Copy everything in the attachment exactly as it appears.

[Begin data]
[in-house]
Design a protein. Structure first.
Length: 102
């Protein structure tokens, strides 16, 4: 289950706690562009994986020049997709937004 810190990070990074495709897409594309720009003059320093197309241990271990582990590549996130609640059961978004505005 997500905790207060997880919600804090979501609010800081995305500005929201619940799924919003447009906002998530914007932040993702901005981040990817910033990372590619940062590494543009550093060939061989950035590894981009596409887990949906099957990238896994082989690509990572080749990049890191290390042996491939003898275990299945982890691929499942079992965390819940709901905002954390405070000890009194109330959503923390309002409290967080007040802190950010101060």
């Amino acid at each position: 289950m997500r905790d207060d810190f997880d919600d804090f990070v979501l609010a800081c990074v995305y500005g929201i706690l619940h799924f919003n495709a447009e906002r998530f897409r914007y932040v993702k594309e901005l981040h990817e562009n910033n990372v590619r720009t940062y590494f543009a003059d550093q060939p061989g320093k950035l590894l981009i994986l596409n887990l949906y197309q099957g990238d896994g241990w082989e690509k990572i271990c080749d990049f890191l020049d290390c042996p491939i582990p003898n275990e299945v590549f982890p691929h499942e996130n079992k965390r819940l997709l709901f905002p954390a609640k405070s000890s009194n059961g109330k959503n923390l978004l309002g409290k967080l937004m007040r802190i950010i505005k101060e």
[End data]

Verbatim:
[in-house]
Design a protein. Structure first.
Length: 102
């Protein structure tokens, strides 16, 4: 289950706690562009994986020049997709937004 810190990070990074495709897409594309720009003059320093197309241990271990582990590549996130609640059961978004505005 997500905790207060997880919600804090979501609010800081995305500005929201619940799924919003447009906002998530914007932040993702901005981040990817910033990372590619940062590494543009550093060939061989950035590894981009596409887990949906099957990238896994082989690509990572080749990049890191290390042996491939003898275990299945982890691929499942079992965390819940709901905002954390405070000890009194109330959503923390309002409290967080007040802190950010101060």
């Amino acid at each position: 289950m997500r905790d207060d810190f997880d919600d804090f990070v979501l609010a800081c990074v995305y500005g929201i706690l619940h799924f919003n495709a447009e906002r998530f897409r914007y932040v993702k594309e901005l981040h990817e562009n910033n990372v590619r720009t940062y590494f543009a003059d550093q060939p061989g320093k950035l590894l981009i994986l596409n887990l949906y197309q099957g990238d896994g241990w082989e690509k990572i271990c080749d990049f890191l020049d290390c042996p491939i582990p003898n275990e299945v590549f982890p691929h499942e996130n079992k965390r819940l997709l709901f905002p954390a609640k405070s000890s009194n059961g109330k959503n923390l978004l309002g409290k967080l937004m007040r802190i950010i505005k101060e």